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Street children: Group urges C’River govt to implement Child Rights law

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Centre for Social Studies and Development, an NGO has called on Cross River Government to implement the Child Rights law to curb increasing number of children on the streets.

Mr Ken Henshaw, Executive Director of the NGO, also known as ‘We the People’, made the appeal in a presentation during a seminar recently in Calabar.

Henshaw in the presentation titled, ”Left to Die: Forgotten Street Children of Calabar,” said that the protection which these frameworks offered for children have turned out to be practically ineffectual at best and non existent at worse in protecting them.

He lamented that in spite domesticating the Child Rights Act, the state government has turned a blind eye to the plight of street children.

“In Cross River, the degrading conditions children are exposed to remain unchecked.

”The phenomenon of street children continues because of the weakness or unwillingness of government to implement its own laws,” the NGO boss said.

He further said his team’s investigations indicated that street children were exposed to untold hardship, hunger, sexual exploitation, drug abuse, prostitution, health hazards and untimely deaths from ritualists.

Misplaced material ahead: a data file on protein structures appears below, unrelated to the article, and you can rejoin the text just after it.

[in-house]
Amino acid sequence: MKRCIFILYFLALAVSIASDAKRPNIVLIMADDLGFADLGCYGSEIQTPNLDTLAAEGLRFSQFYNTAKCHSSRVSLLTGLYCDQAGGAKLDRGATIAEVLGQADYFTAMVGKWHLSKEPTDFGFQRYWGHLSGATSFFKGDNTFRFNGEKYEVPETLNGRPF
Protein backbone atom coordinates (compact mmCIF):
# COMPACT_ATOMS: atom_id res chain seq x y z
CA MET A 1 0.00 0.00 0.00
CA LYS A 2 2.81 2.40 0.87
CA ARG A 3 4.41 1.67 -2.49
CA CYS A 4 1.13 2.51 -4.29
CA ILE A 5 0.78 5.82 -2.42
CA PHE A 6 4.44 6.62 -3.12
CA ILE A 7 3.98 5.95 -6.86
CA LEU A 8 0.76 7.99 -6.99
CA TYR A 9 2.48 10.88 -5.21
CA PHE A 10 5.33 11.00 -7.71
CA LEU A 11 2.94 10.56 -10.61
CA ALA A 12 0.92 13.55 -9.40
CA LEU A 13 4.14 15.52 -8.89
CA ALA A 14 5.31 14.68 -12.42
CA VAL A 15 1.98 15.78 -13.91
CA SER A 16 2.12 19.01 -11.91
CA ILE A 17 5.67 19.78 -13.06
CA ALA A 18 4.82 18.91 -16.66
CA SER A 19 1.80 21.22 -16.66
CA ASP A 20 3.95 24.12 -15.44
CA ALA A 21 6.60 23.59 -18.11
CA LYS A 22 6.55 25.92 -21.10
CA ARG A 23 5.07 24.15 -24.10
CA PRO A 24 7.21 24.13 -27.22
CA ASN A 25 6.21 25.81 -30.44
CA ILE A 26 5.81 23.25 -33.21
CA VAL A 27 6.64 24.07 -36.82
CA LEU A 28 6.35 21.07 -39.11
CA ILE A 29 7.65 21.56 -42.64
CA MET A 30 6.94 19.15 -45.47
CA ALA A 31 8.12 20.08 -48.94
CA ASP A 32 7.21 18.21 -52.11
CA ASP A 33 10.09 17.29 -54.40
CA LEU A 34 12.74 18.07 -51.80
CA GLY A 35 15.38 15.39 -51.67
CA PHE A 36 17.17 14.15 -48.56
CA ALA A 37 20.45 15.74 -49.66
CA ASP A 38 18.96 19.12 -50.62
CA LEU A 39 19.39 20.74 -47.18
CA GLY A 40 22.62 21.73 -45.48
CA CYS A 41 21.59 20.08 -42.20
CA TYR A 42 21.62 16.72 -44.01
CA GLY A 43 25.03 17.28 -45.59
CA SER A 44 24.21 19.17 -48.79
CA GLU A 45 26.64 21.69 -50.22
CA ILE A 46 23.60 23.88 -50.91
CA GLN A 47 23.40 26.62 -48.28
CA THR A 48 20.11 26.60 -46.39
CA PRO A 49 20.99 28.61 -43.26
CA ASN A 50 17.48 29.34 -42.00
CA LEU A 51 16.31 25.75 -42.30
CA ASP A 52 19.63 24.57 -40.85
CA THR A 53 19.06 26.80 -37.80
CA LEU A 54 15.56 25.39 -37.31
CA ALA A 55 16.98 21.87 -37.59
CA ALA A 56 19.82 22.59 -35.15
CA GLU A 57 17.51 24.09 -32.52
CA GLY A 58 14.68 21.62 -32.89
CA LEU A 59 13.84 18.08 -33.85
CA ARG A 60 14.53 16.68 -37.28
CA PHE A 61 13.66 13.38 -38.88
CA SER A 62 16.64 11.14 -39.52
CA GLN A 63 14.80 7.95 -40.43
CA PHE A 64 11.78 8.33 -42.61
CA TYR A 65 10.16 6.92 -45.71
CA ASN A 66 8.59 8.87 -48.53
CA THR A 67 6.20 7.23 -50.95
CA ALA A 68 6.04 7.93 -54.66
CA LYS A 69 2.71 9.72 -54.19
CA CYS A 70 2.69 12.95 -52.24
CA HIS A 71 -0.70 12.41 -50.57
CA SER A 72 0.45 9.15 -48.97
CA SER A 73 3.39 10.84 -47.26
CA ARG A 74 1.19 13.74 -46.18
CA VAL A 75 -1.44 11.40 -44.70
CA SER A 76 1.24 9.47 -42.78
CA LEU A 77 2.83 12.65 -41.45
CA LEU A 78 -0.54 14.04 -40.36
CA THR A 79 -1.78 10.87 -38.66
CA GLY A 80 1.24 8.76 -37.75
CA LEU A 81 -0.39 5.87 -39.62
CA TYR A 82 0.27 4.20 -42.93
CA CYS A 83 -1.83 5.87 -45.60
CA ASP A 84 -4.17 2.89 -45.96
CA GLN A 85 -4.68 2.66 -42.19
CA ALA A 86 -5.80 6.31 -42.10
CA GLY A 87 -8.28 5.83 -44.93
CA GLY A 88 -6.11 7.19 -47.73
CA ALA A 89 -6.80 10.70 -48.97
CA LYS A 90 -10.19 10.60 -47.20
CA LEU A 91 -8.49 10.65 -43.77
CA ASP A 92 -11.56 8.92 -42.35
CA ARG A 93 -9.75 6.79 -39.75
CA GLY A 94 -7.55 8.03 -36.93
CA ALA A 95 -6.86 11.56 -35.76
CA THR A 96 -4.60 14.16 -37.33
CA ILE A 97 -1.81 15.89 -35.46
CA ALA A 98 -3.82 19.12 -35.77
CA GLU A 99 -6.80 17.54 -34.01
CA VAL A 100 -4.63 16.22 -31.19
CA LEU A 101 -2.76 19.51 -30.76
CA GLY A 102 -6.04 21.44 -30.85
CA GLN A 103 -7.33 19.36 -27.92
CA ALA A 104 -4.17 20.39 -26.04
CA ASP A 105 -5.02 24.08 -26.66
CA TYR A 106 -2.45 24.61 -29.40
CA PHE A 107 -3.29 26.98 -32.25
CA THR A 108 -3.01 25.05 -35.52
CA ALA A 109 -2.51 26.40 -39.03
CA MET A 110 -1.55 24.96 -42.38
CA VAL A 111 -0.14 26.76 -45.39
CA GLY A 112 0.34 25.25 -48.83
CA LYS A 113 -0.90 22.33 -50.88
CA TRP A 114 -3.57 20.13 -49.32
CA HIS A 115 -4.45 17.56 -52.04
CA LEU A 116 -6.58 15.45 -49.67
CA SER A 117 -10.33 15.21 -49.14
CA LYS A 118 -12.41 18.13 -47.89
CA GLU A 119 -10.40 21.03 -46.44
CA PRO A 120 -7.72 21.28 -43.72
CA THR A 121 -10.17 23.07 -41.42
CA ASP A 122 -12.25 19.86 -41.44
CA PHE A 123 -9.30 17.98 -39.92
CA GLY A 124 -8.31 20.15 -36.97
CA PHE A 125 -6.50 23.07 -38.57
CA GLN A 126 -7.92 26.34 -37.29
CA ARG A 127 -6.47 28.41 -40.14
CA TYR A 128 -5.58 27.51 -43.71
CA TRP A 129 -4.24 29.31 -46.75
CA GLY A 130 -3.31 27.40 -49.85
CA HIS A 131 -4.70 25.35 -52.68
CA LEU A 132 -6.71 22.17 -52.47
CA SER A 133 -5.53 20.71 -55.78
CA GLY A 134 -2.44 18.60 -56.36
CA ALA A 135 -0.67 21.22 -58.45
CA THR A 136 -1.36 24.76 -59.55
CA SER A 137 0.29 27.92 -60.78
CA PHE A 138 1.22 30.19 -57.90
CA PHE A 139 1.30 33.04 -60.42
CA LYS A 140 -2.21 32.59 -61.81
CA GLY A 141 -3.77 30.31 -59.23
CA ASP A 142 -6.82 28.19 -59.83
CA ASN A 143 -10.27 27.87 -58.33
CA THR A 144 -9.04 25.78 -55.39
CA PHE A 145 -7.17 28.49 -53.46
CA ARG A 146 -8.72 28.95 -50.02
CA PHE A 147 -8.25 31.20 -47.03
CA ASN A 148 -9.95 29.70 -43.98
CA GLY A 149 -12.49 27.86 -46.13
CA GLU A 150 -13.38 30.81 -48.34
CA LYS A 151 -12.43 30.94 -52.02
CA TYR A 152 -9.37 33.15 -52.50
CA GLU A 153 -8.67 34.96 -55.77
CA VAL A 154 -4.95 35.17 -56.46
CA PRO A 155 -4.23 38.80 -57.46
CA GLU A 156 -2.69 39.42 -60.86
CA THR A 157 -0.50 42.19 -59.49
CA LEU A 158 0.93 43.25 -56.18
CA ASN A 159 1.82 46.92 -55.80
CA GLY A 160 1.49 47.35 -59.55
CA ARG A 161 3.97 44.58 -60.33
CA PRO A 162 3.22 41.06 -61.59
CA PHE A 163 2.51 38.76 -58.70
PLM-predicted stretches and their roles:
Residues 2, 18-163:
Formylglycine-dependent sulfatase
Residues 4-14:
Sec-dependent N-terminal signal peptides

The director said it was regrettable that government allowed the challenge to fester as the children now grow to hate the society and therefore constitute themselves into nuisances.

He noted that government approach had been punitive instead of rehabilitative.

According to him, the failure of government to implement the Child Rights law and punish offenders accordingly has contributed to increase in number of street children.

In her remarks, Mrs Dodeye Bassey, one of the four-man discussants who spoke on the way forward, said the problem could be tackled if government prioritised the welfare of street children.

Bassey said that if 20 per cent of the Child Rights law was implemented, the issue would gradually come to an end.

Also, Mrs Pamela Braides, member of the Civil Society Organisation in the state, called for the establishment of National Agency for the Prohibition of Trafficking in Persons (NAPTIP) office in Calabar to checkmate issues of child abuse.

She also appealed to the state government to save the abandoned street children of Calabar.

Edited By: Chinyere Bassey/Ekemini Ladejobi (NAN)

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